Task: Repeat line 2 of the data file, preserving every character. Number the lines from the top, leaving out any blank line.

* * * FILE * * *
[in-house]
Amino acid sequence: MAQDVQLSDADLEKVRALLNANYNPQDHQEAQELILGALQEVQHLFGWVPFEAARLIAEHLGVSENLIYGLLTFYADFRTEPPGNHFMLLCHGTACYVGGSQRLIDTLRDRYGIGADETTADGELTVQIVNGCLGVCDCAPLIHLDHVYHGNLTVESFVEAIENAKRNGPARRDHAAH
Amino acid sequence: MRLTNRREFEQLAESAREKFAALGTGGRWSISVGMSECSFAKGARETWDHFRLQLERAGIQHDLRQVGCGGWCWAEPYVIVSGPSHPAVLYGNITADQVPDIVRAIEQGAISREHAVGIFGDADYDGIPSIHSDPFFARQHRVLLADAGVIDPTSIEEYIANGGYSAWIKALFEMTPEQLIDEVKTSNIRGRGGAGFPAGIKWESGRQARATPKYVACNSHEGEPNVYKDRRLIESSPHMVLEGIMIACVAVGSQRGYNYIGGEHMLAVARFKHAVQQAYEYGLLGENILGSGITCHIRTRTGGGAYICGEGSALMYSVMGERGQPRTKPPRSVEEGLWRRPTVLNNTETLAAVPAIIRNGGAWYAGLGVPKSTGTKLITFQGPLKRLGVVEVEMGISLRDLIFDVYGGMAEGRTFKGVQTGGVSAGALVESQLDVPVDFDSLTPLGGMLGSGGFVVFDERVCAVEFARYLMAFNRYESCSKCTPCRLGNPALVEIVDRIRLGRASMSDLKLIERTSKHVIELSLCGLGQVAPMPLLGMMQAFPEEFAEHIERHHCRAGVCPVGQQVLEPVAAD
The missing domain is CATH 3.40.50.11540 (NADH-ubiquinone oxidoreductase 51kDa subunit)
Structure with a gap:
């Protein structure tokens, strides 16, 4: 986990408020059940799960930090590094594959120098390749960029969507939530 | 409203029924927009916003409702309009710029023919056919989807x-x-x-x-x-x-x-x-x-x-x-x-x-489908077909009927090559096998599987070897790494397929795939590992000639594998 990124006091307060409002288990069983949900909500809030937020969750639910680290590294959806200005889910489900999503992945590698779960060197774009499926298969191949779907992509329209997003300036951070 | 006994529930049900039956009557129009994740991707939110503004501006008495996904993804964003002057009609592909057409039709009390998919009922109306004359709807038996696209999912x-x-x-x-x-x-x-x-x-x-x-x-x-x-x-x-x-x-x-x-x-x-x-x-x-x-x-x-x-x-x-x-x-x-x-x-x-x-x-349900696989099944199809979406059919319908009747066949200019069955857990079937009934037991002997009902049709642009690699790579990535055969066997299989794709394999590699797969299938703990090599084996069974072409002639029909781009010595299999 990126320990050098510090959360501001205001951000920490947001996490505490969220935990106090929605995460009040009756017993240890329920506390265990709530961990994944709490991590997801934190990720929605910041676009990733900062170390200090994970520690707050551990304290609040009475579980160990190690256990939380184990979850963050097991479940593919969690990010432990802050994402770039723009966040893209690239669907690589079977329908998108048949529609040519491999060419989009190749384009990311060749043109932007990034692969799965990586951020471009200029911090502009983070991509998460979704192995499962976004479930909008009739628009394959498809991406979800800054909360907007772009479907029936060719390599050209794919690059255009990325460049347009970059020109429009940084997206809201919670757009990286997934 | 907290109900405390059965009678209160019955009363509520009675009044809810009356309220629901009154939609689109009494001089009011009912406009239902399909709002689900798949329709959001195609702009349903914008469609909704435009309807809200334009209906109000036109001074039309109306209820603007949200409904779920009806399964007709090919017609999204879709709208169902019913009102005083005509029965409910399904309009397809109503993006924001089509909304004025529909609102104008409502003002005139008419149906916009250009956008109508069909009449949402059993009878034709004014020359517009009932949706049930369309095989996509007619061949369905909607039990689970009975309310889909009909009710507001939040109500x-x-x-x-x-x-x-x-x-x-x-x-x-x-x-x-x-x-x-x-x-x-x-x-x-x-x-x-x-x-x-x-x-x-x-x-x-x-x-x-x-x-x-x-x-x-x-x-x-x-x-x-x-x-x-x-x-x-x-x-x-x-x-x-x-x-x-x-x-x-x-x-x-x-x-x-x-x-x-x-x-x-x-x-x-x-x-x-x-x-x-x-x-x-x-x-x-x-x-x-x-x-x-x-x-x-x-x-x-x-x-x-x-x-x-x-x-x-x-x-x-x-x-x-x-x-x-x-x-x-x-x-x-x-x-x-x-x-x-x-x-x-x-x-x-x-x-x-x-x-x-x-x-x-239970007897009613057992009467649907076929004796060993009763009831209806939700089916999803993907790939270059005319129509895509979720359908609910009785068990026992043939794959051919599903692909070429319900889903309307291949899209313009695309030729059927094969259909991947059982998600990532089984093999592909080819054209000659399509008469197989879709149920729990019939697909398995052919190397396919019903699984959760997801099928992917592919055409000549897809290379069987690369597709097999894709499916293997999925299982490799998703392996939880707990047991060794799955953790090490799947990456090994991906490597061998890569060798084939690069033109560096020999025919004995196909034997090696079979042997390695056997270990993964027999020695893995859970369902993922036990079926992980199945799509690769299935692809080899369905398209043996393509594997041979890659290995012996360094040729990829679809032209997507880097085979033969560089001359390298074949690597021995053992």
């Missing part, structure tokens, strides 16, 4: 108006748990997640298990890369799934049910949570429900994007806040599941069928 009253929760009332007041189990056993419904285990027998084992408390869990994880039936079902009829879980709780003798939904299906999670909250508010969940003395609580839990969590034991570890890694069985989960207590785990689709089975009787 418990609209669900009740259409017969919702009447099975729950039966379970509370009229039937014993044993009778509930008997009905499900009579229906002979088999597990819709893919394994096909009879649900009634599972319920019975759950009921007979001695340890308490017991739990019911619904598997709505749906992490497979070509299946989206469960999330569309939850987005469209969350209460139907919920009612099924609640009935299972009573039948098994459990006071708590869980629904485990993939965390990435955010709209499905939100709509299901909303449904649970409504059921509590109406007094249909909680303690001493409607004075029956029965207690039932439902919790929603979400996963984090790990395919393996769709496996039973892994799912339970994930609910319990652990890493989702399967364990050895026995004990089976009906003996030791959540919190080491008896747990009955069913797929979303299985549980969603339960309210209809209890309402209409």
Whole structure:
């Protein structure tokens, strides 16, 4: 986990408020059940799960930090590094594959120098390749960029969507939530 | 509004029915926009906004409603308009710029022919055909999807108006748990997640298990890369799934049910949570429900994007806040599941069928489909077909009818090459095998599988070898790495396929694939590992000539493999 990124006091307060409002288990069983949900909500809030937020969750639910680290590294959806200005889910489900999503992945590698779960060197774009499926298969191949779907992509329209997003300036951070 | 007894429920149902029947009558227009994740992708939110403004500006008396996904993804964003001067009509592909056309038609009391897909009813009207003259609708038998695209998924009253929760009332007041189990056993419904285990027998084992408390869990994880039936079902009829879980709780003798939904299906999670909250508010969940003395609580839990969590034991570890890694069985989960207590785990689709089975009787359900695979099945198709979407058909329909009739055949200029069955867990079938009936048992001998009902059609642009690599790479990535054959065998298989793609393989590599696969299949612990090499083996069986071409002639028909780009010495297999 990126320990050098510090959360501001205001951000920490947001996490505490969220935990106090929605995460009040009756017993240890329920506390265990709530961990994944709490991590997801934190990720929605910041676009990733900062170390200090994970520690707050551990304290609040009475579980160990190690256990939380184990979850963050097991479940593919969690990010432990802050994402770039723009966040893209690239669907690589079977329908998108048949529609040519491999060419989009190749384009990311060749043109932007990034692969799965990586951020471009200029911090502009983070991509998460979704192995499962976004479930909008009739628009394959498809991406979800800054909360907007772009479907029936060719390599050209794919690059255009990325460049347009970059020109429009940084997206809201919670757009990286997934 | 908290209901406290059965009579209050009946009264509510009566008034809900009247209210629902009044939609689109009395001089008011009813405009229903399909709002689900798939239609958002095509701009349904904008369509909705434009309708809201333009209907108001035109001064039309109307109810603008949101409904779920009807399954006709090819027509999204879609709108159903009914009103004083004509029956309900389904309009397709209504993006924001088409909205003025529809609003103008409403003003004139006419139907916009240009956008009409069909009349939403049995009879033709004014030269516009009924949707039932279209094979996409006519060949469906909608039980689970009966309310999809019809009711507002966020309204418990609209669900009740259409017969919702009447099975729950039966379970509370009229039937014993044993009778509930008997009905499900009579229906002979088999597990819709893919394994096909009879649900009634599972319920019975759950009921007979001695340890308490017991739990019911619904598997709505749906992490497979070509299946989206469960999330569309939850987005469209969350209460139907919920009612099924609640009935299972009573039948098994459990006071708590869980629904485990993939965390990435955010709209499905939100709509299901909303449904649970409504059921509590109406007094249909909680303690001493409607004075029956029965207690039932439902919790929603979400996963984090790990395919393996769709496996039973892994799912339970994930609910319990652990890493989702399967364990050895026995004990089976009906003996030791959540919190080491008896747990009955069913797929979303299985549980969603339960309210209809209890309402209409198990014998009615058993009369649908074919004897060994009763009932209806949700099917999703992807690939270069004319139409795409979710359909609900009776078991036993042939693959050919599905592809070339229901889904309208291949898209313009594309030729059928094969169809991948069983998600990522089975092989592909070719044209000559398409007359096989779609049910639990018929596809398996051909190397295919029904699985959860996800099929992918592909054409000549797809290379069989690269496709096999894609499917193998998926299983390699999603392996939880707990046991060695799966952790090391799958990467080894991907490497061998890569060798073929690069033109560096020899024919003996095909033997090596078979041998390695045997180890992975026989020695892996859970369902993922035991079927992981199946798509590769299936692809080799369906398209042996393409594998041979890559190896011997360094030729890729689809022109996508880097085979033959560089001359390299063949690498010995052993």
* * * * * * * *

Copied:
Amino acid sequence: MAQDVQLSDADLEKVRALLNANYNPQDHQEAQELILGALQEVQHLFGWVPFEAARLIAEHLGVSENLIYGLLTFYADFRTEPPGNHFMLLCHGTACYVGGSQRLIDTLRDRYGIGADETTADGELTVQIVNGCLGVCDCAPLIHLDHVYHGNLTVESFVEAIENAKRNGPARRDHAAH